[Show abstract][Hide abstract] ABSTRACT: It is suggested that genetic variations explain a significant portion of the variability in pain perception; therefore, increased understanding of pain-related genetic influences may identify new targets for therapies and treatments. The relative contribution of the different genes to the variance in clinical and experimental pain responses remains unknown. It is suggested that the genetic contributions to pain perception vary across pain modalities. For example, it has been suggested that more than 60% of the variance in cold pressor responses can be explained by genetic factors; in comparison, only 26% of the variance in heat pain responses is explained by these variations. Thus, the selection of pain model might markedly influence the magnitude of the association between the pain phenotype and genetic variability. Thermal pain sensation is complex with multiple molecular and cellular mechanisms operating alone and in combination within the peripheral and central nervous system. It is thus highly probable that the thermal pain experience is affected by genetic variants in one or more of the pathways involved in the thermal pain signaling. This review aims to present and discuss some of the genetic variations that have previously been associated with different experimental thermal pain models.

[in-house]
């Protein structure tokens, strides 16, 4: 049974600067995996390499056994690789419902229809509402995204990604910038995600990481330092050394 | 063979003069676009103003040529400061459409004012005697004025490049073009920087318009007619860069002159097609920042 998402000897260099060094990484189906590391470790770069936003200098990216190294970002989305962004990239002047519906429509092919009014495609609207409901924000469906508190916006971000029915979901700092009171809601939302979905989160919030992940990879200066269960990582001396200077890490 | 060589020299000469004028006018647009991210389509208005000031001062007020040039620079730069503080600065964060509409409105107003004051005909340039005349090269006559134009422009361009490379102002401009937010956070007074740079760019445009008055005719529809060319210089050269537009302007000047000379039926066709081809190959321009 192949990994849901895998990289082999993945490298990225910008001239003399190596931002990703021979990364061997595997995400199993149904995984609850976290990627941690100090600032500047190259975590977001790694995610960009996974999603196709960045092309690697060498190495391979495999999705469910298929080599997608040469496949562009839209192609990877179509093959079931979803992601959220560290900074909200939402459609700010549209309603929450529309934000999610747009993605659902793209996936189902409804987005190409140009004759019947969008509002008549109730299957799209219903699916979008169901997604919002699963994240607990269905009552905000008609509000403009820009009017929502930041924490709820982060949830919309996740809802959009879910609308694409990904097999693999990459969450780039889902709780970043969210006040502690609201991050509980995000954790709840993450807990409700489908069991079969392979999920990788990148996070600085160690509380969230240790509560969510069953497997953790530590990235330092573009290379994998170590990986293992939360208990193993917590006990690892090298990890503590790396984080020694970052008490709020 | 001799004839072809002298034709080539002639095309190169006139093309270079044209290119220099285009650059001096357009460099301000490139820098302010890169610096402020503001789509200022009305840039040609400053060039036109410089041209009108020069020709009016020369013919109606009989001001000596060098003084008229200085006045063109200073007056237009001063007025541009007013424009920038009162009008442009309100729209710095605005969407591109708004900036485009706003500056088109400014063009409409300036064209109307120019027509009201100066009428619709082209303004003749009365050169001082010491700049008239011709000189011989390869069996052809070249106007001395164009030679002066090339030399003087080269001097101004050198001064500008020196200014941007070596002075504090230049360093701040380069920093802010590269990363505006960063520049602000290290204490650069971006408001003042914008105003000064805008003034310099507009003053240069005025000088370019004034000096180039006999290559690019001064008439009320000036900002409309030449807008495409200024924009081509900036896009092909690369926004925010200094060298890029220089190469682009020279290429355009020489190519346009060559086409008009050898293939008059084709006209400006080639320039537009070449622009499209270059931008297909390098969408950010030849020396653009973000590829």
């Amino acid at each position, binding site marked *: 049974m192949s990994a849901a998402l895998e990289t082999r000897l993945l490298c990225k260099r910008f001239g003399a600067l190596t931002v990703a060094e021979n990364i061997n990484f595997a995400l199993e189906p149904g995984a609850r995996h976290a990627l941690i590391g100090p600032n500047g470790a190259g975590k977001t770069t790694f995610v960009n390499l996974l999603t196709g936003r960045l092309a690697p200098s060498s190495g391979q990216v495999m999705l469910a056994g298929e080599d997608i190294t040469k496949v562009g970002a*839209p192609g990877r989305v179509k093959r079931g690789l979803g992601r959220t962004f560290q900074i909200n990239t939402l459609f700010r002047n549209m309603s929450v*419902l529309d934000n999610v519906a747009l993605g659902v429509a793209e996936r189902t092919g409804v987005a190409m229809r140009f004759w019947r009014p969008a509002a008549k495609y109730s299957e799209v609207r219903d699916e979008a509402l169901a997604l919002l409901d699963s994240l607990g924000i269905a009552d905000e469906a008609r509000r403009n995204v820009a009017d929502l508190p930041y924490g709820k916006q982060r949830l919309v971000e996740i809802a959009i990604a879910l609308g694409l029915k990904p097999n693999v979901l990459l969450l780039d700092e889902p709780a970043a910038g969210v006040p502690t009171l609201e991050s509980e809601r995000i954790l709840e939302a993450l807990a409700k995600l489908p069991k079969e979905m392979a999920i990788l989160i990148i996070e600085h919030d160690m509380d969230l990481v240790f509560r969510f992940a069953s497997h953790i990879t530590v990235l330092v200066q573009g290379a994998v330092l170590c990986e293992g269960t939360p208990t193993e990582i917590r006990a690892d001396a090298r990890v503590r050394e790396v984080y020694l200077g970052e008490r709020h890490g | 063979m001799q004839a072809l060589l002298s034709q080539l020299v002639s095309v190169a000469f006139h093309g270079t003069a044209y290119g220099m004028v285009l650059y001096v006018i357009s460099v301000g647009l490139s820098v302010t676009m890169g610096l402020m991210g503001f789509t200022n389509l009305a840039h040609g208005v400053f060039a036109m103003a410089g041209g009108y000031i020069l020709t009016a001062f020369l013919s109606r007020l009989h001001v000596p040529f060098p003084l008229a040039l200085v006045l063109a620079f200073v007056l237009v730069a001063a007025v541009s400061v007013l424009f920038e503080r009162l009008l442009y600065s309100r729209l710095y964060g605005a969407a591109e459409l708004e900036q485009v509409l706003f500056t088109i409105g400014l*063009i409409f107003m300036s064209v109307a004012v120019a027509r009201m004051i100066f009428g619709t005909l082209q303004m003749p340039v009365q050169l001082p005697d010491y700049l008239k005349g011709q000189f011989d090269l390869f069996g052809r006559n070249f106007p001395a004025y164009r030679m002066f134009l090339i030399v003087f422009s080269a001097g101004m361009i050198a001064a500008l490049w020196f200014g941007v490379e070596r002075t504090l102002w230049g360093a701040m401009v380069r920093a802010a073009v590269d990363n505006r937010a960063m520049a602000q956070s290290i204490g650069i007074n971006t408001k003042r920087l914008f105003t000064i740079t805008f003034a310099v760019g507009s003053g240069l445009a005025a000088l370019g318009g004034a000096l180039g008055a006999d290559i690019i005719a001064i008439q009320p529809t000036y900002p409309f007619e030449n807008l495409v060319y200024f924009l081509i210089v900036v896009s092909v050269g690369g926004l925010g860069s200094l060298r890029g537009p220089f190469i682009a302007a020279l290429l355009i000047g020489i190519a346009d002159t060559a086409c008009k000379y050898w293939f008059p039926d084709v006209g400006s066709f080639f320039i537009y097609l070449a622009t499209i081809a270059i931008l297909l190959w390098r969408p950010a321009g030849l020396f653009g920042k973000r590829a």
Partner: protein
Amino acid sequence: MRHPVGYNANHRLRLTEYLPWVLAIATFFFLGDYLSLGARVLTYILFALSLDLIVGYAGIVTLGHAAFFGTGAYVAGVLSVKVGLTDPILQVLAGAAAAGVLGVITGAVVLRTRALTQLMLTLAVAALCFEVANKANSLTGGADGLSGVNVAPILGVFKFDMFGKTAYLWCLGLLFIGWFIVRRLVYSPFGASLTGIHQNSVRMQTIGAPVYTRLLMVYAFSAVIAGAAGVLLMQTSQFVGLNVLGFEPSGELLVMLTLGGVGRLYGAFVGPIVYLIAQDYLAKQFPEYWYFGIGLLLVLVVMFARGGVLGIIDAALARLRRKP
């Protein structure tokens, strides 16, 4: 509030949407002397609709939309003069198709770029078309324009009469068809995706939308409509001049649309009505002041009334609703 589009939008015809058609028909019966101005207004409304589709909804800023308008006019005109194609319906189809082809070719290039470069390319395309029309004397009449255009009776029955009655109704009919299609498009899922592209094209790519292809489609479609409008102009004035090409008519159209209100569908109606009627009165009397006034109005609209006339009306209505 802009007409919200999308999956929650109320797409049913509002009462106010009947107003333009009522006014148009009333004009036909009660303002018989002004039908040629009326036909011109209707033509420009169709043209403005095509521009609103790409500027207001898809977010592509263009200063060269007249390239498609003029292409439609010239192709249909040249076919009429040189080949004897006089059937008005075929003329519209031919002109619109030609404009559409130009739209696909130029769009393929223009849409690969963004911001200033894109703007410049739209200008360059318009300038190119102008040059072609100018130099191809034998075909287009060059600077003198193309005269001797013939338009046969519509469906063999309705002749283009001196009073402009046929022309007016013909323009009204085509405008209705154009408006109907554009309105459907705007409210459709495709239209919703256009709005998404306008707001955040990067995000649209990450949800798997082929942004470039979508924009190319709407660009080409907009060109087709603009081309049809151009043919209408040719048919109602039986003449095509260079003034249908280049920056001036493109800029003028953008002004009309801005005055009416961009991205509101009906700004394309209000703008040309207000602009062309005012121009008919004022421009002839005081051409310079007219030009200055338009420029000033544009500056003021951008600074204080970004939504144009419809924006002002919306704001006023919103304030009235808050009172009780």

BioMed Research International 01/2015; 2015:349584. DOI:10.1155/2015/349584 · 2.71 Impact Factor
"To check for gender differences in the genotypic effects, “gender” was introduced in a further combined analysis, however, at an exploratory level as the study was not powered for gender differences. Moreover, while the original study reporting a function of the TRPA1 rs11988795 G>A variant also reported interactions in the modulation of pain between gender and several variants in other genes , gender interaction was not reported for TRPA1 variants and therefore not a major factor to be introduced in the present study design. Further statistical analyses included cross-tabulations, rank correlations (Spearman’s ρ) and effect size calculations using Cohen’s d (values of 0.2, 0.5 and 0.8 being indicative of a small, medium and large effect size, respectively ). "
[Show abstract][Hide abstract] ABSTRACT: TRPA1 ion channels are involved in nociception and are also excited by pungent odorous substances. Based on reported associations of TRPA1 genetics with increased sensitivity to thermal pain stimuli, we therefore hypothesized that this association also exists for increased olfactory sensitivity.